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RobertJDFL
RobertJDFL, Lawyer
Category: Criminal Law
Satisfied Customers: 12603
Experience:  Experienced in multiple areas of the law.
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I have a court date tomorrow an officer. I was not

Customer Question

I have a court date tomorrow for obstructing an officer. I was not aggressive and have no priors. What do you think my sentences will be? I have a new job and cannot miss any more days of work, and am hoping it will just be a fine.
Submitted: 1 year ago.
Category: Criminal Law
Customer: replied 1 year ago.
Posted by JustAnswer at customer's request) Hello. I would like to request the following Expert Service(s) from you: Live Phone Call. Let me know if you need more information, or send me the service offer(s) so we can proceed.
Customer: replied 1 year ago.
Text or email works- was hoping I could get a reply soon as I need to get some rest for the early court date
Expert:  RobertJDFL replied 1 year ago.

Thank you for using Just Answer. I look forward to assisting you.

The crime of California resisting arrest is a misdemeanor. The penalties for resisting arrest may include up to one year in a county jail and/or a maximum $1,000 fine, and/or probation, though jail time is highly unlikely for a first offense if convicted, so you are likely looking at probation if convicted. Judges can set pretty much whatever terms they want for your probation, but they typically include things like a fine, court costs, community service, and of course staying out of any other legal trouble.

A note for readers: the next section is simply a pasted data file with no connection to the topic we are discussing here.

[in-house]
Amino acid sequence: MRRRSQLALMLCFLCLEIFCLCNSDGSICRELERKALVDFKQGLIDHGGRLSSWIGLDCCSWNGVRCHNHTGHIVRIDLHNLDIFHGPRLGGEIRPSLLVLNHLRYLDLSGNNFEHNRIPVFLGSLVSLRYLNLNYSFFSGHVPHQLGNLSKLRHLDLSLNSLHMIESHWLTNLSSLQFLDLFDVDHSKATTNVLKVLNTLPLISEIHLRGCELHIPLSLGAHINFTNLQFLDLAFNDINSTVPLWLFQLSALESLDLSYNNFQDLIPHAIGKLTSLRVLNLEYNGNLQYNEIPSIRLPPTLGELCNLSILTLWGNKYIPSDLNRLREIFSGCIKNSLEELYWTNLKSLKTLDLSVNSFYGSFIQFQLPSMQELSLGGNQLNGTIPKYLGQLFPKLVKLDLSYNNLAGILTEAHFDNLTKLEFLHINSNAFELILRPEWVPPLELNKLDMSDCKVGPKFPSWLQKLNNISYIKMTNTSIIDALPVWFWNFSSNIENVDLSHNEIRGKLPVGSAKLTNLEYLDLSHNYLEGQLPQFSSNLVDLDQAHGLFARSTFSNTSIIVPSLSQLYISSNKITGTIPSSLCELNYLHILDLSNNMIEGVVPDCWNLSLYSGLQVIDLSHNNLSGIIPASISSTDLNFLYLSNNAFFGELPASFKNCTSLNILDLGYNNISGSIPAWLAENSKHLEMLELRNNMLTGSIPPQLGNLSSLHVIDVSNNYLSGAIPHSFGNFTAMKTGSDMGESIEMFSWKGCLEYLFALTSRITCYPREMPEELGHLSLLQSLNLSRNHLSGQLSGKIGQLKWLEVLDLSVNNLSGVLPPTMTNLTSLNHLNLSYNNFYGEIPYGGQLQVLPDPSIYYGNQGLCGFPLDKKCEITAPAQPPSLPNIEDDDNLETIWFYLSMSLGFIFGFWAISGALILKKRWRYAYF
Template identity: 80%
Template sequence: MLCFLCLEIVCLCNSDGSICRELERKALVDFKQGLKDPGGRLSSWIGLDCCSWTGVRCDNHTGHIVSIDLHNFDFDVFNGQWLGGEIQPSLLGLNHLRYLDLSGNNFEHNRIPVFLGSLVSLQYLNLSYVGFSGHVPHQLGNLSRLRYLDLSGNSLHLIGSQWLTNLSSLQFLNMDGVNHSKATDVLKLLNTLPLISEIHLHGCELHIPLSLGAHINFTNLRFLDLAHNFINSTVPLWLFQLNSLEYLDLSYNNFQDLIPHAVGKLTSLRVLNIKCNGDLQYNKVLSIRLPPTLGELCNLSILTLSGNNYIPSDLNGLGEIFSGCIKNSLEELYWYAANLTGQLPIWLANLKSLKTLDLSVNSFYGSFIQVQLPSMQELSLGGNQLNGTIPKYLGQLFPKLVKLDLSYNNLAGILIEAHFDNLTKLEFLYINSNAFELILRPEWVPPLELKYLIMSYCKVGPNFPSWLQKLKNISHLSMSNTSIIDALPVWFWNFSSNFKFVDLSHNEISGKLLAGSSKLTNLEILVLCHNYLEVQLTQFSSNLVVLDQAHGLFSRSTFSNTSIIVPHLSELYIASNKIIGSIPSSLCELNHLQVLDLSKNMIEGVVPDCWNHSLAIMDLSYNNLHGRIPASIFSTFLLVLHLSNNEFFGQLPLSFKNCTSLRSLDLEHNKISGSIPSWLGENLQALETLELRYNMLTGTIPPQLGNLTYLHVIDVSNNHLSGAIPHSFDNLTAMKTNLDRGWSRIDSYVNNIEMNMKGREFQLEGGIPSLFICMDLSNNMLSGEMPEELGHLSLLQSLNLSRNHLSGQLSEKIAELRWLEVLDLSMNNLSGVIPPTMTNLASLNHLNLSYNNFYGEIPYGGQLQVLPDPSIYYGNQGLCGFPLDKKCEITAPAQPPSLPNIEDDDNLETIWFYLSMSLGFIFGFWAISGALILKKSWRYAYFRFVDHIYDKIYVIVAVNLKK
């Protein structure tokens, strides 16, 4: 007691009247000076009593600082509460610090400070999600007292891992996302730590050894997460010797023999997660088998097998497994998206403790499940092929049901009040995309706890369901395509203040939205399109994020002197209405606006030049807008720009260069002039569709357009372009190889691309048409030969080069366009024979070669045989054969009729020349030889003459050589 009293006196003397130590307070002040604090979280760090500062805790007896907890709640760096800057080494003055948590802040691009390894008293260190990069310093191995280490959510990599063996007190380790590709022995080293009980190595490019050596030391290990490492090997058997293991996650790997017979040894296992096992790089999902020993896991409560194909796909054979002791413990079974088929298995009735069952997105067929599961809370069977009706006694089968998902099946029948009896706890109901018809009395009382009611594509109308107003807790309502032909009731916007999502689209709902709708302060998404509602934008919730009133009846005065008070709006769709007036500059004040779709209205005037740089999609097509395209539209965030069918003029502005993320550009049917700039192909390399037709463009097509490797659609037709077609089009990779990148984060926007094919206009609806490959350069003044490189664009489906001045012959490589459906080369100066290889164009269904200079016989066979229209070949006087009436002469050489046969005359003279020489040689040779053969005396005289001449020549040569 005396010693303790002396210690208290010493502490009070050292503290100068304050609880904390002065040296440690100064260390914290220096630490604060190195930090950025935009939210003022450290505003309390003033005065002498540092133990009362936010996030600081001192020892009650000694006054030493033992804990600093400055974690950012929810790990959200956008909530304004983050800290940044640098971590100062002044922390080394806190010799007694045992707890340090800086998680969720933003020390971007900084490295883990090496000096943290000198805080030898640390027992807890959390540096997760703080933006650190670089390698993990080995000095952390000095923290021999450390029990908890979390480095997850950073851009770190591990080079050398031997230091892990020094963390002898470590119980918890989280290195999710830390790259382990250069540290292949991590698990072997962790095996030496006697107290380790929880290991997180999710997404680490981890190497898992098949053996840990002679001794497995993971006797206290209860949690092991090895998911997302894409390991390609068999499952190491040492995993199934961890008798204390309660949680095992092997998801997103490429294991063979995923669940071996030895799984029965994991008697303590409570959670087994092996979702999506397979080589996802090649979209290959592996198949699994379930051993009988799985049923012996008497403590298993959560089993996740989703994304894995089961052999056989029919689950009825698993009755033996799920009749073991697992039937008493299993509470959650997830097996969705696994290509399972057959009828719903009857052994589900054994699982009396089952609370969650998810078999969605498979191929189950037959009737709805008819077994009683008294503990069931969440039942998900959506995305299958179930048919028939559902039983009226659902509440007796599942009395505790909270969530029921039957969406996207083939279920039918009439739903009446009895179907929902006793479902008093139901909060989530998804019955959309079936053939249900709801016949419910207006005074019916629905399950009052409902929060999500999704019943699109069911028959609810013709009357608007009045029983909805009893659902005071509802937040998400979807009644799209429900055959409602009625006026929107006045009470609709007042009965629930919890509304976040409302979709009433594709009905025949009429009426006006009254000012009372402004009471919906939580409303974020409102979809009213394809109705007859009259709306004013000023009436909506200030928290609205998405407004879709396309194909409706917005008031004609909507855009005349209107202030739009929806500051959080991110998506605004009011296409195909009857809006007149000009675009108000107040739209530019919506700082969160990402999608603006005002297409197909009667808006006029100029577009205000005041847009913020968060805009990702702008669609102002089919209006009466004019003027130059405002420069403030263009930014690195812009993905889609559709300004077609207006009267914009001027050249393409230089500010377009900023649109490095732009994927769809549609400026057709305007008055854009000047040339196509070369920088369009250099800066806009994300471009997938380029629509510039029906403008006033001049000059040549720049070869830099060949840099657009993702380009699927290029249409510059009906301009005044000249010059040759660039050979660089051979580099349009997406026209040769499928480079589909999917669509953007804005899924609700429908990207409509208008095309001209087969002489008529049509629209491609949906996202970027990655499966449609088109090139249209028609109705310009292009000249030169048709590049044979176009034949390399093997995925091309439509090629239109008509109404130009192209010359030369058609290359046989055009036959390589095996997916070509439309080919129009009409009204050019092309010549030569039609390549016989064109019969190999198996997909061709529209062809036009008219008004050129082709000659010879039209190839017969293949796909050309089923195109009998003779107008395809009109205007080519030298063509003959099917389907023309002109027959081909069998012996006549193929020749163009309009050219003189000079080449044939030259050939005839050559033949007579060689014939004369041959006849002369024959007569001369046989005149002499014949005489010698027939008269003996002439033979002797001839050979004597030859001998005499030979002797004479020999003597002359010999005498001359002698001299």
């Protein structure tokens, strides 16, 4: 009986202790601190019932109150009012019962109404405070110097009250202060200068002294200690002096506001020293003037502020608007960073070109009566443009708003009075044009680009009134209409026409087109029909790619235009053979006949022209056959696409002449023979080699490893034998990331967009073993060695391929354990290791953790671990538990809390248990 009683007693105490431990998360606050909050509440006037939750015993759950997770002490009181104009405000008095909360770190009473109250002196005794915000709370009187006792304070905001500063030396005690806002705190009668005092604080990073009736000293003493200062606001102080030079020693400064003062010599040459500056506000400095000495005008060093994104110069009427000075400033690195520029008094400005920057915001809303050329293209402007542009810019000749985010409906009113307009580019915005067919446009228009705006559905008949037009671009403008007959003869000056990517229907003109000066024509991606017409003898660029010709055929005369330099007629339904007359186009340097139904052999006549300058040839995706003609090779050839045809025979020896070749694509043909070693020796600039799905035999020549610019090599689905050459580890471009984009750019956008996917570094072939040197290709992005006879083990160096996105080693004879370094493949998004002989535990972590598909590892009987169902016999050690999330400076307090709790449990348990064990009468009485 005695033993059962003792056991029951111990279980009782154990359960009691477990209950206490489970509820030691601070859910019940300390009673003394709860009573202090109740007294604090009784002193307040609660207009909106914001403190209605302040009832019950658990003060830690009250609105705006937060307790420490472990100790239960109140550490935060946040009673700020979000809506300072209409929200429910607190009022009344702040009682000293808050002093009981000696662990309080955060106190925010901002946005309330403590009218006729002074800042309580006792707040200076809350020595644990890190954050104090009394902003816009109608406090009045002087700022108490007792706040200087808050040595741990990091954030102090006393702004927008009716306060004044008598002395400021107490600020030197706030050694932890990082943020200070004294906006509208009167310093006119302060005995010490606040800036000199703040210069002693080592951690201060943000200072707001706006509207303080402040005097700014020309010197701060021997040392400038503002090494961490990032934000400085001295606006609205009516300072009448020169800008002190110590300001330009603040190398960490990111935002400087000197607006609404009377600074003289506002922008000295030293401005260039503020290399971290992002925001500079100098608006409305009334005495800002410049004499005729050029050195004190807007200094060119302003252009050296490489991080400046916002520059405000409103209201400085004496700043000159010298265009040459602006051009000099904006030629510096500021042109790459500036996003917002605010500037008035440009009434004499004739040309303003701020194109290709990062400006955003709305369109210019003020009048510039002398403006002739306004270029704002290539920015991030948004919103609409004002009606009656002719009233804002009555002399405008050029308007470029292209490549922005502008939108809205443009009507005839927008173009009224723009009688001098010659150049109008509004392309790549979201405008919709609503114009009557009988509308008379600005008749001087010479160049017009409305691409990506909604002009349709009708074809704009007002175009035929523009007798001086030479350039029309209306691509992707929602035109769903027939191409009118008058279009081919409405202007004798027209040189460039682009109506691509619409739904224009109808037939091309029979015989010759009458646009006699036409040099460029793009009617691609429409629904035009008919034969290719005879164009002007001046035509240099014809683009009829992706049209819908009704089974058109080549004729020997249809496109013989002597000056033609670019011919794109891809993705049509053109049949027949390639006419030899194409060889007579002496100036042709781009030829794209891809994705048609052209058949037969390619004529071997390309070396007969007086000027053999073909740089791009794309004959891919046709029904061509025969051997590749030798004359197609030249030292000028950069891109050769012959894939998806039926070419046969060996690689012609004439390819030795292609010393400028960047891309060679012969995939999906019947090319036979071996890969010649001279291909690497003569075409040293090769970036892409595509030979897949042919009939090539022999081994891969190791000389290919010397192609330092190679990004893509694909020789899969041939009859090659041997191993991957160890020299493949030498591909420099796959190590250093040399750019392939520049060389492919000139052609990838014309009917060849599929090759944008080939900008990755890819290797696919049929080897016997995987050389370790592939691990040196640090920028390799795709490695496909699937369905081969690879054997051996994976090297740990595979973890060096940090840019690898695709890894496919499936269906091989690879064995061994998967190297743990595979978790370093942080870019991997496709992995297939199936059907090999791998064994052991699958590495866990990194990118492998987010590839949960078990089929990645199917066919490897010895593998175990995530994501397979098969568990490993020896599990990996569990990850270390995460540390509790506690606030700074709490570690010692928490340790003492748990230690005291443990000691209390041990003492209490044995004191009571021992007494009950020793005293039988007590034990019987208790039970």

All of that said, the first court date is typically when the charge is read against you and you are asked to enter a plea. Since the state has the burden of proving your guilt, their is normally no benefit to just showing up and pleading guilty. You may want to give some thought to entering a not guilty plea and letting the court set the matter on their docket for a later date (you could always plead guilty later). The judge will normally then inquire if you have a lawyer or need a lawyer, and you can tell them you cannot afford a private attorney and request a public defender.

A lawyer can get any of the evidence the state has against you through a process known as discovery and give you an idea as to whether you have any legal defenses against the charge. Even if you don't, they can normally negotiate with the prosecutor to limit or reduce the penalties that a judge may impose (since a judge is inclined to go along with what the prosecutor recommends).

If you need clarification or additional information, please REPLY and I'll be happy to assist you. Thank you.